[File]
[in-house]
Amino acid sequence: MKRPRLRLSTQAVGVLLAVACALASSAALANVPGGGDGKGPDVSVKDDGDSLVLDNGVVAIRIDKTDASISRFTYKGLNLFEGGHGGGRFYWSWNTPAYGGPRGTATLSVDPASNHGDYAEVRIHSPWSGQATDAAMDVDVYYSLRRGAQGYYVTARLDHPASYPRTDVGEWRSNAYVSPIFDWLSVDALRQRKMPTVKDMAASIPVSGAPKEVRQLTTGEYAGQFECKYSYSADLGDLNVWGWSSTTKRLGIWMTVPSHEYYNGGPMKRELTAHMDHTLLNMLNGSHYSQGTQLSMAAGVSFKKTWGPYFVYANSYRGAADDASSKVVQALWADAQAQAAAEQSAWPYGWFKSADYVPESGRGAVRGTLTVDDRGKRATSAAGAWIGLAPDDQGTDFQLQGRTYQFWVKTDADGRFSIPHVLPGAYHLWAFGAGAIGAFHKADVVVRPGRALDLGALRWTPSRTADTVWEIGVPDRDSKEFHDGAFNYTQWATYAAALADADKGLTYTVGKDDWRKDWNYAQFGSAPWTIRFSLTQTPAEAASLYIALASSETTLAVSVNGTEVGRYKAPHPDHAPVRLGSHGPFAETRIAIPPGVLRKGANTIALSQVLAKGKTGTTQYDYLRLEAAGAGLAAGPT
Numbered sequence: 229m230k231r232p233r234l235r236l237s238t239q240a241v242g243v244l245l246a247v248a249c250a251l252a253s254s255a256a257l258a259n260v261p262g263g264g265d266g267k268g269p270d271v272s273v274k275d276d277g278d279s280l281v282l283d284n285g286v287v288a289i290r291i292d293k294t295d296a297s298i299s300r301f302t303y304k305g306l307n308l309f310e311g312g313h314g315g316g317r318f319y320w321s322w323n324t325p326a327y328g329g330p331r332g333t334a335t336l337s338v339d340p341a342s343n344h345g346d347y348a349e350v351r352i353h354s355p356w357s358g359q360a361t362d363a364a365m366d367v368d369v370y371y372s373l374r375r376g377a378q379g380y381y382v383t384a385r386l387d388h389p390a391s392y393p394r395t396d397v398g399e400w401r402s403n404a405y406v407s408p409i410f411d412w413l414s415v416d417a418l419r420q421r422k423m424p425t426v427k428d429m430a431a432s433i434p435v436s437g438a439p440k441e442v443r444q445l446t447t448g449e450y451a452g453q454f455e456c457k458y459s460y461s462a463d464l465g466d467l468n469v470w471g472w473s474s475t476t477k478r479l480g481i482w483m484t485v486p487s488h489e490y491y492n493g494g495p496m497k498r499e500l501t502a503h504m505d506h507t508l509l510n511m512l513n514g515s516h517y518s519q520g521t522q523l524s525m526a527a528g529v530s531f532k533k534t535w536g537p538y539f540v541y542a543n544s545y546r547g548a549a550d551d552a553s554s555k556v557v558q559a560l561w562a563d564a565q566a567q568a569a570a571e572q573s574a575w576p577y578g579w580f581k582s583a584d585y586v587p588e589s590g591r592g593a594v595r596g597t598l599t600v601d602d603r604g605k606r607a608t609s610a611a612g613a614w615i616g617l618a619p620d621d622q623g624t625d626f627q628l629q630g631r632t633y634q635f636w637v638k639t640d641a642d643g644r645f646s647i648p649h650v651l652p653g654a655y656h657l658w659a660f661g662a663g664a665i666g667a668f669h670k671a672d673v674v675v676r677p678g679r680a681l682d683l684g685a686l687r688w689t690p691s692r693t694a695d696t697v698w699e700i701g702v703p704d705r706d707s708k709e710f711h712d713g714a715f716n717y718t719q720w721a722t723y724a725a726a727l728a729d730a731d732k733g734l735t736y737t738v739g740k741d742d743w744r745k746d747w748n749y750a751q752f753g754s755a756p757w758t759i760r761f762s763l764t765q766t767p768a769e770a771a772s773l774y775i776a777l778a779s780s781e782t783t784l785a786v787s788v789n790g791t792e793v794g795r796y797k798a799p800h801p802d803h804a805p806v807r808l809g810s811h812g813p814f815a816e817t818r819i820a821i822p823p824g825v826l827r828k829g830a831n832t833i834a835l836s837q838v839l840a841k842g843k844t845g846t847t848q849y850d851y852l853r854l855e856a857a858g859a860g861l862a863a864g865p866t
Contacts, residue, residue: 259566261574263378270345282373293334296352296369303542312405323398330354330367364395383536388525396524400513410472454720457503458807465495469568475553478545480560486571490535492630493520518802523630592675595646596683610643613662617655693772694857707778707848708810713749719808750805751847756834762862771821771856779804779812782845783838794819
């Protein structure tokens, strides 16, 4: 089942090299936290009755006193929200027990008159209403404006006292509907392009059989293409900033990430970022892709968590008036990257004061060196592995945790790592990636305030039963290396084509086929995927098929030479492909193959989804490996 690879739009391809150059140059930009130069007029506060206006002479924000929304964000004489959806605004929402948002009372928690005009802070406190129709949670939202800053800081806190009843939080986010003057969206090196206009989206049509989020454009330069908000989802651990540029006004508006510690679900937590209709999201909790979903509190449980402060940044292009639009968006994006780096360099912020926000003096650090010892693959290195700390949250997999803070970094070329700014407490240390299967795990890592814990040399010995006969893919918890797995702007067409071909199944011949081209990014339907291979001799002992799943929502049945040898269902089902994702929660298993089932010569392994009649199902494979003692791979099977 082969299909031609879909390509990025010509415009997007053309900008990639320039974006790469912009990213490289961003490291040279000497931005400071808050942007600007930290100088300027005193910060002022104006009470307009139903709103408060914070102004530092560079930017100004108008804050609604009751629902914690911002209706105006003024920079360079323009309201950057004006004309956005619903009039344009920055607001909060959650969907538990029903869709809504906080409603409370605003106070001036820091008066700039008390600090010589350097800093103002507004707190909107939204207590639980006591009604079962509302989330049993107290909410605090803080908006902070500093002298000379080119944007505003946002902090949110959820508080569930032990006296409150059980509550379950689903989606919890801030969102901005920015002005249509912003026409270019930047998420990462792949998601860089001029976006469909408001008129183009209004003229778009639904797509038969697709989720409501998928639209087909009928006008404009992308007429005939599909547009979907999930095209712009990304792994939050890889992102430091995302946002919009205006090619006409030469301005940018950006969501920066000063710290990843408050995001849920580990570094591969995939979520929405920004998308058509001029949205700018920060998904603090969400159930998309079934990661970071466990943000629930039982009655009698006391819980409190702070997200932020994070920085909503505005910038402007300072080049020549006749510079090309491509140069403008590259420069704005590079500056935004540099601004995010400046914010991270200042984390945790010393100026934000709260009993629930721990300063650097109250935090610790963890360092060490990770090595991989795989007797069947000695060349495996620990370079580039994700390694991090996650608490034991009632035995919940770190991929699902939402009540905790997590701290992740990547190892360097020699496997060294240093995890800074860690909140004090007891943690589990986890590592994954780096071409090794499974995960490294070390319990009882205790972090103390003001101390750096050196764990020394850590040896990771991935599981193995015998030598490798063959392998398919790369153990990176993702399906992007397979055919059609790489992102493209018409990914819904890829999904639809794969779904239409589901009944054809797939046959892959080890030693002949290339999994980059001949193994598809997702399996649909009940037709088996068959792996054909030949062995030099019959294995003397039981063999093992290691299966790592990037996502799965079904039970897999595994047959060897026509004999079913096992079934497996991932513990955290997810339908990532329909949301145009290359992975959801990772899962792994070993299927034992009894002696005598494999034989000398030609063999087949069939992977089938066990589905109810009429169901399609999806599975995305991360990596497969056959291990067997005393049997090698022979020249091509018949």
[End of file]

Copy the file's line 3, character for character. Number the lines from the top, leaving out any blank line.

Numbered sequence: 229m230k231r232p233r234l235r236l237s238t239q240a241v242g243v244l245l246a247v248a249c250a251l252a253s254s255a256a257l258a259n260v261p262g263g264g265d266g267k268g269p270d271v272s273v274k275d276d277g278d279s280l281v282l283d284n285g286v287v288a289i290r291i292d293k294t295d296a297s298i299s300r301f302t303y304k305g306l307n308l309f310e311g312g313h314g315g316g317r318f319y320w321s322w323n324t325p326a327y328g329g330p331r332g333t334a335t336l337s338v339d340p341a342s343n344h345g346d347y348a349e350v351r352i353h354s355p356w357s358g359q360a361t362d363a364a365m366d367v368d369v370y371y372s373l374r375r376g377a378q379g380y381y382v383t384a385r386l387d388h389p390a391s392y393p394r395t396d397v398g399e400w401r402s403n404a405y406v407s408p409i410f411d412w413l414s415v416d417a418l419r420q421r422k423m424p425t426v427k428d429m430a431a432s433i434p435v436s437g438a439p440k441e442v443r444q445l446t447t448g449e450y451a452g453q454f455e456c457k458y459s460y461s462a463d464l465g466d467l468n469v470w471g472w473s474s475t476t477k478r479l480g481i482w483m484t485v486p487s488h489e490y491y492n493g494g495p496m497k498r499e500l501t502a503h504m505d506h507t508l509l510n511m512l513n514g515s516h517y518s519q520g521t522q523l524s525m526a527a528g529v530s531f532k533k534t535w536g537p538y539f540v541y542a543n544s545y546r547g548a549a550d551d552a553s554s555k556v557v558q559a560l561w562a563d564a565q566a567q568a569a570a571e572q573s574a575w576p577y578g579w580f581k582s583a584d585y586v587p588e589s590g591r592g593a594v595r596g597t598l599t600v601d602d603r604g605k606r607a608t609s610a611a612g613a614w615i616g617l618a619p620d621d622q623g624t625d626f627q628l629q630g631r632t633y634q635f636w637v638k639t640d641a642d643g644r645f646s647i648p649h650v651l652p653g654a655y656h657l658w659a660f661g662a663g664a665i666g667a668f669h670k671a672d673v674v675v676r677p678g679r680a681l682d683l684g685a686l687r688w689t690p691s692r693t694a695d696t697v698w699e700i701g702v703p704d705r706d707s708k709e710f711h712d713g714a715f716n717y718t719q720w721a722t723y724a725a726a727l728a729d730a731d732k733g734l735t736y737t738v739g740k741d742d743w744r745k746d747w748n749y750a751q752f753g754s755a756p757w758t759i760r761f762s763l764t765q766t767p768a769e770a771a772s773l774y775i776a777l778a779s780s781e782t783t784l785a786v787s788v789n790g791t792e793v794g795r796y797k798a799p800h801p802d803h804a805p806v807r808l809g810s811h812g813p814f815a816e817t818r819i820a821i822p823p824g825v826l827r828k829g830a831n832t833i834a835l836s837q838v839l840a841k842g843k844t845g846t847t848q849y850d851y852l853r854l855e856a857a858g859a860g861l862a863a864g865p866t